The liberal Fox News couldn't handle

Commentary: Why a lefty analyst fit in on "Factor"

Meet the man who turned some of Fox News Channel’s biggest fans into its harshest critics.

When on-air analyst Marc Lamont Hill was fired by Rupert Murdoch himself last Friday, the news was probably overshadowed by the all-out war being fought by the cable news channel and the White House. But when the CEO of News Corp. publicly pink-slips a guy at a shareholders meeting in response to a question from an activist shareholder, it’s worth noting.

The question came from Cliff Kincaid of Accuracy in Media, which together with another conservative-leaning media watchdog, David Horowitz, had called on Fox News repeatedly from their respective blogs in recent weeks to dump Hill. Ordinarily, these men were ardent supporters of Fox News, but Hill’s amply documented roots in radical leftist politics were too much for them to take.

Nevertheless, their insistence on Hill’s ouster underscores a naivete about the true nature of his role at Fox News.

It’s not difficult to understand what Hill’s detractors found so objectionable about him. He wasn’t exactly discreet about his sympathies for polarizing fringe figures such as Assata Shakur, a Black Panther activist who was convicted of murdering a police officer. Her face adorned the wallpaper on Hill’s Twitter page. More recently, he was on record criticizing President Barack Obama for not standing by Van Jones, a fellow radical expelled by the White House after Fox News exposed his own leftist credentials.

Once Jones’ past was uncovered, perhaps it was only a matter of time before Hill too was a goner. The black Columbia University professor was always an odd addition to the amen corner in rotation at Fox News, where he went toe to toe dozens of times with Bill O’Reilly, Glenn Beck and Greta Van Susteren.

Which begs an obvious question: How does such a left-winger get a toehold at a conservative hothouse like Fox News? To hear Kincaid or Horowitz tell it, you would think he was getting a special soapbox to spout his radical views unchallenged.

Quite the contrary. A perusal of Hill’s on-air work (aggregated on his own YouTube channel) reveals a nuance these media watchdogs either don’t understand or aren’t conveying: Hill strictly served as a foil for conservative opinion, nothing more. What better way to dramatize the passion of Fox News' resident bloviators than to provide a punching bag for them to verbally pummel?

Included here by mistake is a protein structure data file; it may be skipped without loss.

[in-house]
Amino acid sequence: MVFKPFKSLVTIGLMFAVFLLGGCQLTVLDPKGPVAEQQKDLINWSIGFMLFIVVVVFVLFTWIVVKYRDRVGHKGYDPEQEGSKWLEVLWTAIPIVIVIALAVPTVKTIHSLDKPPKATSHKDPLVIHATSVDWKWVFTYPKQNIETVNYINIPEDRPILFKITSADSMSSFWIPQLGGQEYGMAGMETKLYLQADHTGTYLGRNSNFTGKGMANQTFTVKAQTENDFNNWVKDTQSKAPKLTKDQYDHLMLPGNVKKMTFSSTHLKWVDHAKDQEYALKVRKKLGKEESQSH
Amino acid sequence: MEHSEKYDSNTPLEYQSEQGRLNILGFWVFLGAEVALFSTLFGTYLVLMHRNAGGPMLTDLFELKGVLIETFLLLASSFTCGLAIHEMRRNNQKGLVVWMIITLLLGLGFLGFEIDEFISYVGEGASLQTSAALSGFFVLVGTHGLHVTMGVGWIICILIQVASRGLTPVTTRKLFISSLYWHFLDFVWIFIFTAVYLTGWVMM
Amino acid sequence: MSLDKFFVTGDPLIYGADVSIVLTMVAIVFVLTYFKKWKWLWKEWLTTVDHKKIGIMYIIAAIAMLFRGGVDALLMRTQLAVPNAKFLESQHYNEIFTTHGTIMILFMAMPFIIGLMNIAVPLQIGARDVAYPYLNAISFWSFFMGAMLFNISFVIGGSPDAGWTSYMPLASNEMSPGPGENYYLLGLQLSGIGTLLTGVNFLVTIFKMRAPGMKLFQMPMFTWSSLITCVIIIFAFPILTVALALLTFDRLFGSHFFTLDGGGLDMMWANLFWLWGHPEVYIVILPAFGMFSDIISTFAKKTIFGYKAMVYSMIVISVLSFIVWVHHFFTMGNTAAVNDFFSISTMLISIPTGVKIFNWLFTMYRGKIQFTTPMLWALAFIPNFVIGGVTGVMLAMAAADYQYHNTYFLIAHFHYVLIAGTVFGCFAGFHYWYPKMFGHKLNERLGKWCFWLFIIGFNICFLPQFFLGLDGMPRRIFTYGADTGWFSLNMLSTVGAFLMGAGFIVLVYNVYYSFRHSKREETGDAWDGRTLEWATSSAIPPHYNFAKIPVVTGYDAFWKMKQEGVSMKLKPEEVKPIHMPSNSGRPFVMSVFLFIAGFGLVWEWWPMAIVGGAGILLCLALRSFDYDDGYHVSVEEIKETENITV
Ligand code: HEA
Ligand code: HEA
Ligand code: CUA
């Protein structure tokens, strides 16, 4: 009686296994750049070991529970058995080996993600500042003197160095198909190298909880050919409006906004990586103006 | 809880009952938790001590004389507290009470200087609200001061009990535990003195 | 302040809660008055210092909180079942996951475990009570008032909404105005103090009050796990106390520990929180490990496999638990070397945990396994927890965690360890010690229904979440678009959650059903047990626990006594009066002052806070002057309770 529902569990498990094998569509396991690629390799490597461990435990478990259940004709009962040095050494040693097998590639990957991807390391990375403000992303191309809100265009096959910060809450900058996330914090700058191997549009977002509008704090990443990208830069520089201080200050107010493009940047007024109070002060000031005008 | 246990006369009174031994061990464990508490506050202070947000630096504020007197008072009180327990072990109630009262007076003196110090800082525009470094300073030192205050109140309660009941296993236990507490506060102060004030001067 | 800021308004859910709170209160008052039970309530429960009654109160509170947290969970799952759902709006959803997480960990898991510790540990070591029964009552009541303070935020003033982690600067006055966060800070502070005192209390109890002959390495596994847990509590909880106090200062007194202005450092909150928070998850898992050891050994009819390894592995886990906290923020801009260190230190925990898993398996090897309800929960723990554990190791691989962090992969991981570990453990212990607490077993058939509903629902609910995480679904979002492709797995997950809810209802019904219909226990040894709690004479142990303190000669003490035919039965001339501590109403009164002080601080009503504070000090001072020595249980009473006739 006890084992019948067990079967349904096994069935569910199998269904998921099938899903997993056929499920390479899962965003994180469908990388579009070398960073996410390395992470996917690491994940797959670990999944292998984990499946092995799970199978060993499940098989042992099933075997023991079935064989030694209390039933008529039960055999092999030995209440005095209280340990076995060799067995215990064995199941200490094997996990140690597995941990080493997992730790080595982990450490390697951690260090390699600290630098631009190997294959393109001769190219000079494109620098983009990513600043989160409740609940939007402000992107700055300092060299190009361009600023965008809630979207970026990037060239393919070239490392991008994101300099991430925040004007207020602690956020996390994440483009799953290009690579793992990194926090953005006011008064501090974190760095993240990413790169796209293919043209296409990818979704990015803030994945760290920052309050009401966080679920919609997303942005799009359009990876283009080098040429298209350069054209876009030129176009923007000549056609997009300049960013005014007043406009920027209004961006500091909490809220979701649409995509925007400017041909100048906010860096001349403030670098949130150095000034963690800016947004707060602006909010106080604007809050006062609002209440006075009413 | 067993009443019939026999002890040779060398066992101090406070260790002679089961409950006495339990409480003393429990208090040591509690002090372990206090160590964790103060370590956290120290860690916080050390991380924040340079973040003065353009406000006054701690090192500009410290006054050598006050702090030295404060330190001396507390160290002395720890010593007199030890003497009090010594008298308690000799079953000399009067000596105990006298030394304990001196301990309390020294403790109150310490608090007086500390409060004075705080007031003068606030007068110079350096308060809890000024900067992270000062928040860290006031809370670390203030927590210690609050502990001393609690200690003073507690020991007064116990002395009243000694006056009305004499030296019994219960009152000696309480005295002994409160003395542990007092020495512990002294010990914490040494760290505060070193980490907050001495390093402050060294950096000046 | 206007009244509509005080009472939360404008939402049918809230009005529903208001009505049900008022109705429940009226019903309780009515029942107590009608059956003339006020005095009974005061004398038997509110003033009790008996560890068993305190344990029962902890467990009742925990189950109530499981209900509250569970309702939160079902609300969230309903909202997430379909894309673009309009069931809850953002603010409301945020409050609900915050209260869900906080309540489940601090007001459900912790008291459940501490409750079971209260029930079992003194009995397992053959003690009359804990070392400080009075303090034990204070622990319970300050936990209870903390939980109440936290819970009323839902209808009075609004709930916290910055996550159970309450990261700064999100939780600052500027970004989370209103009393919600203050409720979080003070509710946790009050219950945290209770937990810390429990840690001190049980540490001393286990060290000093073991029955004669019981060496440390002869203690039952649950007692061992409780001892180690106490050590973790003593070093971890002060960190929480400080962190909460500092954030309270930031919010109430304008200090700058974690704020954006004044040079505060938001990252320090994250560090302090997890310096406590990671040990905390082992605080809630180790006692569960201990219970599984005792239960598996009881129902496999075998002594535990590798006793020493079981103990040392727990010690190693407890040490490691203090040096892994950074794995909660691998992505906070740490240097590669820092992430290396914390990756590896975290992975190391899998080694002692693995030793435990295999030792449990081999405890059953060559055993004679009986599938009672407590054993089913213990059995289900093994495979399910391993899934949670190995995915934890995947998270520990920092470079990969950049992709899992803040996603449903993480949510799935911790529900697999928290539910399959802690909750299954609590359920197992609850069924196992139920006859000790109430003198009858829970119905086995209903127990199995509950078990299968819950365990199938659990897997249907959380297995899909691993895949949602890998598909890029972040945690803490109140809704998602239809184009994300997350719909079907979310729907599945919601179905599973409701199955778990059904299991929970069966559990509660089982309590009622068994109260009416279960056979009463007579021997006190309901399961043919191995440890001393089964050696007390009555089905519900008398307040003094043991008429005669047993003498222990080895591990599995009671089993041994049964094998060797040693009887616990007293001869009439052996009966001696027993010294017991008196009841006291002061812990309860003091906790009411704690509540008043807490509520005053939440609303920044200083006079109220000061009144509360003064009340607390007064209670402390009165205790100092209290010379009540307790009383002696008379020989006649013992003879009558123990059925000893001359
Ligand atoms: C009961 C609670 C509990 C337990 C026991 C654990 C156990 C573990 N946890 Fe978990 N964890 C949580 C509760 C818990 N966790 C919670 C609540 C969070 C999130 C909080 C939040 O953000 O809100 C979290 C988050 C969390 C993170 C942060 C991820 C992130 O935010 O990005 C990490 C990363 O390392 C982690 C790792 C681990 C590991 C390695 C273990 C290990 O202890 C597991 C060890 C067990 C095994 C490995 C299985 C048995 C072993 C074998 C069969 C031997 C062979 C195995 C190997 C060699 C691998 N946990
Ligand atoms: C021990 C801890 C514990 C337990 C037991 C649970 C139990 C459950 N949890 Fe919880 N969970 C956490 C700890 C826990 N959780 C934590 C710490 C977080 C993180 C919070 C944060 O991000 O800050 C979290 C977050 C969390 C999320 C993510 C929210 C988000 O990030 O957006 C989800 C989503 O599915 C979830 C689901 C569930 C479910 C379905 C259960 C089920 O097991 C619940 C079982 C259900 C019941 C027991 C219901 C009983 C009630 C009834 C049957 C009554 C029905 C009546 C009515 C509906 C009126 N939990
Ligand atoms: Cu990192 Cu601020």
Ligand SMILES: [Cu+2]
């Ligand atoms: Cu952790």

So does it matter whatsoever what Hill’s politics are when he was just a straw man for the anchors to knock down? The substance of his views are besides the point; you could argue the further left he stood, the more dramatic the impact.

In achieving Hill’s removal, it’s unclear what protocol Kincaid and Horowitz are suggesting Fox News follow. Perhaps they see some imaginary point along the left flank of the political spectrum the network should never cross to recruit sparring partners, a marker longtime in-house liberal Alan Colmes apparently stood outside.

Or maybe Fox News should not give so much as a millisecond of airtime to any expression of liberal ideology; Hill is far from the first liberal Kincaid has targeted, having blasted at Kimberly Guilfoyle, Harold Ford and Robert F. Kennedy in recent years.

If Kincaid and Horowitz had the ability to choose Fox News' next liberal, who would they select? Good luck finding a willing centrist masochistic enough to get comfy at Fox News. Though Kincaid chalks up Hill's employment there as the channel's failure to vet him, a more likely explanation is they have to take what they can get.

It should be noted that Hill was no tomato can; he held his own in the fights Fox anchors so clearly spoiled to have with him, particularly over their insistence that there was no racial dimension to everything from Obama's health-care town halls to coverage of Michael Jackson's death. He was often called upon to be something of an unofficial spokesman for Obama and/or the entirety of black America to Fox's predominantly white audience.

Fox News probably understands what its critics do not: A debate delivers the theatrics that deliver ratings. O’Reilly knows this. Opposite O'Reilly on air, Hill seemed less like meat thrown to a lion than a ball of yarn for a kitten; though O’Reilly can be a pretty savage beast, he pawed much more than he clawed at the professor. Trading playful jabs at each other, these men shared an ideology that united them across any political divide: good showmanship.